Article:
Application of the Test of Truth to Its Sources

We consider now how Unity's theory of knowledge causes it to react toward its sources. Christian Science, Hinduism, and Theosophy have so much in common with Unity in this respect that we need not deal with them. We must look at Unity's attitude toward science and the Scripture.

Mr. Fillmore has assumed a dual attitude toward science; on the one side, as has been suggested, he has developed a scientific nomenclature by which he has sought to give his system intellectual standing and has assured his readers that Unity is the real synthesis between religion and science:

When Christians understand the science of thinking, the power of thought to manifest itself, and how the manifestation of thought is accomplished, they will no longer fear material science; when material scientists have fathomed the real nature of the living force that they discern as ever active in all of nature's structures, they will have more respect for religion.[2]

On the other hand, Mr. Fillmore's theory of the Absolute and of knowledge as intuitive without the need of experience together with his theory of evil as being a darkening of intellectual perception makes him a severe critic of the scientific method. He says that it is foolish to try to store up knowledge, that intellectual people often make a burden out of life because they try

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  1. Charles Fillmore, Christian Healing. p. 8.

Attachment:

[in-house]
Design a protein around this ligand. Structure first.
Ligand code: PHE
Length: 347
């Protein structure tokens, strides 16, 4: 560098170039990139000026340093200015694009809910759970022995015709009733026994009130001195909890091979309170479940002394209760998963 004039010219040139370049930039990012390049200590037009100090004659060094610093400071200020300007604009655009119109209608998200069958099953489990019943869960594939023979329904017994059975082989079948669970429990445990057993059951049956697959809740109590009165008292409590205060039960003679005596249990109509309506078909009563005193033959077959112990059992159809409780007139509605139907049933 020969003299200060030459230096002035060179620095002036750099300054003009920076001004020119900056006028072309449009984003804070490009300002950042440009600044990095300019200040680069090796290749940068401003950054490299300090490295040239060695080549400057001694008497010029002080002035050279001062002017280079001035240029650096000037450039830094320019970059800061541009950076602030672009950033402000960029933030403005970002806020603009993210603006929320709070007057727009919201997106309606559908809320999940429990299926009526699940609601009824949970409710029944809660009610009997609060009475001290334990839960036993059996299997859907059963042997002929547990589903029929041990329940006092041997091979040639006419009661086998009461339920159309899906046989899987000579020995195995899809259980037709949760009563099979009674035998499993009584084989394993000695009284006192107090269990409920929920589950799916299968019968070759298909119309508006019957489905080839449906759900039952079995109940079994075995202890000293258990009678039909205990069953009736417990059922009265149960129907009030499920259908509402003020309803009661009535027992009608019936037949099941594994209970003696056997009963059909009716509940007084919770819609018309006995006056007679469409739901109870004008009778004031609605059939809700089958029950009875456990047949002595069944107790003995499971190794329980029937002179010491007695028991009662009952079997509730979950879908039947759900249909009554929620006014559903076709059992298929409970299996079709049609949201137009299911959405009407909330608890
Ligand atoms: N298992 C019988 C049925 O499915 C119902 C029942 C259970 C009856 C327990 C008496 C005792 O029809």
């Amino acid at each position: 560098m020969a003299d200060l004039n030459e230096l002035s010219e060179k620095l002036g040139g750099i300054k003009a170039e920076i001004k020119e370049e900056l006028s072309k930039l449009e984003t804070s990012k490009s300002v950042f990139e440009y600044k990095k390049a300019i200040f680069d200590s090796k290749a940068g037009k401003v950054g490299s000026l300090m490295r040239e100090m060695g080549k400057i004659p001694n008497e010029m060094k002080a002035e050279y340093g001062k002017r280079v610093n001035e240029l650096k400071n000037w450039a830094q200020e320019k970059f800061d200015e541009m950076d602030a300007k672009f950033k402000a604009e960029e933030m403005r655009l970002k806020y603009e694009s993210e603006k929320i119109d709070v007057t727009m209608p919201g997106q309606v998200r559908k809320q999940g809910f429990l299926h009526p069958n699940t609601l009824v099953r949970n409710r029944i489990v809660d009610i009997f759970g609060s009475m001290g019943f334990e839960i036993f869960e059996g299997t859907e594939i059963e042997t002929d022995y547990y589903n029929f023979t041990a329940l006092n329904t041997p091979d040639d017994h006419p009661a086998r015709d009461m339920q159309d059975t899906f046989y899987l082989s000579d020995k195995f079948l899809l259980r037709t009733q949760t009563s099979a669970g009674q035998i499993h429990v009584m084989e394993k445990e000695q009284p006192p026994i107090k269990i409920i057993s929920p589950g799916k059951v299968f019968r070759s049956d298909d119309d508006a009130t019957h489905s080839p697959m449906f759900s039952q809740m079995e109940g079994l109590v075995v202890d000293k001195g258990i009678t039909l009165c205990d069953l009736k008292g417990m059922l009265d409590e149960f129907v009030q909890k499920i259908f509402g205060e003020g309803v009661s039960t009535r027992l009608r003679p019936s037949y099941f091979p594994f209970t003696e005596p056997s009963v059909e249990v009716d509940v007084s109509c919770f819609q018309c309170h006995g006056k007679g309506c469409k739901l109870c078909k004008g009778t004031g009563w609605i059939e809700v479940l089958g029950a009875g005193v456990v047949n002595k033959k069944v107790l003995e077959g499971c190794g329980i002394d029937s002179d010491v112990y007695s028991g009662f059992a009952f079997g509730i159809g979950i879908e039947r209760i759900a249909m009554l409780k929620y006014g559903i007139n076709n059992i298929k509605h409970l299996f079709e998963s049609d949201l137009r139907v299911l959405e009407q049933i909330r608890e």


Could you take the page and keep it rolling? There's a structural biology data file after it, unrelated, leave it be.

2. Ibid., p. 28.

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to accumulate more knowledge than they can apply.[1] He also suggests that intellectual or scientific standards are "constantly shifting opinions" and adds that the science that is founded upon Spirit is the "only real science,"[2] Why should one struggle through the maze of modern scientific education when he has in him "that which, when opened, will place him in direct contact with universal knowledge and enable him instantly and continuously to draw forth anything he may wish to know?"[3] Furthermore, it is out of sense-perception, which gives the basic material that science seeks to organize into knowledge, that the ills of mankind have come -- discord, limitation, disease, death. We shall see how antagonistic to science Unity is when we consider the application of its theory of knowledge to the problem of disease.

Finally, how does Unity handle the Bible, which has been the authority for Christians for so many centuries? Mr. Fillmore admits that Scripture may be a good guide for those who have not come into a realization of Truth; but one who has the "Spirit of Truth" has the substance of which the Bible is only the shadow.

Scripture may be a satisfactory authority for those who are not themselves in direct communion with the Lord, but we should remember that we have gone deeper into practical metaphysics than the people that lived when the Bible was written.[4]

The Bible is one of many sacred books, all of which are to be treated with reverence, for they are the "records of men as to what their experiences have been in communing with the omnipresent

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  1. Charles Fillmore, Christian Healing, p. 7.
  2. Ibid., p. 9.
  3. Ibid., p. 91.
  4. "Correspondence," Unity, VII (Oct., 1896), 400.

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God."[1] But these records are only corroborative and sometimes contain grievous errors. Mr. Fillmore has been especially critical of the Apostle Paul. He feels that Paul has loaded "old beliefs," especially the blood sacrifices of the Hebrew faith, upon the teachings of Jesus. He once said: "If Paul had known how conditions are made through thinking and speaking he would not have written many things that are credited to him."[2] In this instance, however, Mr. Fillmore does not judge Paul on the basis of intuitive knowledge but says he knows Paul in the flesh and has his word for it.[3]